The SA-9 (NATO codename of "Gaskin" and formally designated by the Russians as the 9K31 Strela-1) was a four-wheeled mobile anti-aircraft defense system produced in during the Cold War. The system mated a traversable turret mounting twin surface-to-air 9M31 missile systems to the BRDM-2 amphibious scout car. Production of the Gaskin began in 1966 and the system entered service in 1968. It is still fielded by a variety of operators today though it has been superseded by the tracked SA-13 "Gopher" in Russian Army service.
The SA-9 carrier vehicle (or "TEL" - Transporter Erector Launcher) is a modified BRDM-2 amphibious armored vehicle. It sports four large road wheels but does away with the original's "belly" mounted wheels. The chassis weighs approximately 7 tons and is powered by a single GAZ 41 series V8 water-cooled gasoline engine delivering 140 horsepower at 3,400 rpm. Crew accommodations amount to three personnel made up of the driver, commander and gunner. The driver and commander are both afforded infrared vision systems. The entire crew is protected from small arms fire by way of armor thickness ranging from 5- to 14-mm as well as complete NBC (Nuclear, Biological and Chemical) protection. Operational range is listed at 750 kilometers while a top speed of 100 kilometers per hour is list. As the SA-9 carrier is born from the BRDM-2, it can also traverse water and hit speeds of up to 10 kilometers per hour in this fashion. When off road, the SA-9 can utilize its grand 0.43 meter ground clearance and 4x4 wheels to good effect. The turret is designed in such a way that it can be brought down against the top of the vehicle for travel or reloading of the missile launchers. Besides the turret, however, the appearance is generally that of the base BRDM-2 scout car.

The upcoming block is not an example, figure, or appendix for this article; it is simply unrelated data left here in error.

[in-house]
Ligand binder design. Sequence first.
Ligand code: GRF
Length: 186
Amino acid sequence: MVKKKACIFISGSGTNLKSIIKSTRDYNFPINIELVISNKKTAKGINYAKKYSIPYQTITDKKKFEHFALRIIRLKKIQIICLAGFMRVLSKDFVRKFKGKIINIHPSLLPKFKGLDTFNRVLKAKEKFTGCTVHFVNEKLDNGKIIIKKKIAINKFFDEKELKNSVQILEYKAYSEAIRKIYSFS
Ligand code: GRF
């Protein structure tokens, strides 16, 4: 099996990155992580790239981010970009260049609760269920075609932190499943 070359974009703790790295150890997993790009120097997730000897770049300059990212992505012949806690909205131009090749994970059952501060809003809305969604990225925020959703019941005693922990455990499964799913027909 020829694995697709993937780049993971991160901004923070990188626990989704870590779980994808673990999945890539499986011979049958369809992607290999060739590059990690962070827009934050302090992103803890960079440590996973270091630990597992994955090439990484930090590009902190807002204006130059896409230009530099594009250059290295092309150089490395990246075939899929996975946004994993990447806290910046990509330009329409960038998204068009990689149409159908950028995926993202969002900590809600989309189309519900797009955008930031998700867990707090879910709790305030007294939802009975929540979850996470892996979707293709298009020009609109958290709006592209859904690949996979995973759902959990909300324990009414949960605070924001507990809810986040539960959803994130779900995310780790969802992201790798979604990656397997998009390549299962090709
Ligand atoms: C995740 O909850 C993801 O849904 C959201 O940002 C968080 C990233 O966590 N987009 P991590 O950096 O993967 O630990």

The 9M31 Strela-1 surface-to-air missile is the heart of the SA-9. It is a single-stage solid propellant rocket-powered projectile utilizing a passive IR homing seeker guidance system. Top speed is a reported Mach 1.8 and operational range is roughly 4 miles with an operational ceiling of 11,000 feet. The warhead is of a Frag-HE classification and weighs in at 2.6 kilograms. Detonation is provided via RF proximity. Total length is approximately 5.4 feet. The 9M31 has also been developed into the 9M31M variant which features a 5 mile range and a 20,000 foot operating ceiling. Either missile type takes just five minutes for the crew to reload. Interestingly, most SA-9s did not carry reload missiles. Typical launching actions would see the SA-9 operator fire off two missiles for an increased hit probability. By classification, the SA-9 is a low-altitude, shot-range air defense system and not an end-all solution.
The 9M31 Strela-1 missile was developed concurrently with the 9K32M Strela-2 and both were intended to be small, man-portable weapon systems by project's end. However, the Strela-2 advanced into a more compact design which led to the decision of making the Strela-1 the heavier of the two. As such, the Strela-1 mounted a larger warhead and provided better maneuverability and slightly better range at the expense of additional drag. It was envisioned that the new missile would be fitted to a turret system atop the proven BRDM-2 and be fielded to provide protection to the vulnerable ZSU-23-4 "Shilka" tracked anti-aircraft weapon systems at the regiment level. Four SA-9 Gaskins would back up four ZSU-23-4 Shilkas.
Notable operators of the SA-9 include Cuba, Croatia; Egypt, India; Libya; Poland, Serbia, Syria, Ukraine, Vietnam and Yemen. Former notable operators include Czechoslovakia and Iraq.
The SA-9 has been used in a variety of conflicts during its tenure and include the Arab-Israeli wars, Lebanon wars, the Iran-Iraq War, the Yugoslav wars and the 2003 Invasion of Iraq (fighting alongside Iraqi Army forces).
An improved SA-9 entered service in 1970 as the SA-9B "Haskin-Mod0" (Soviet designation of 9M31M-1M).
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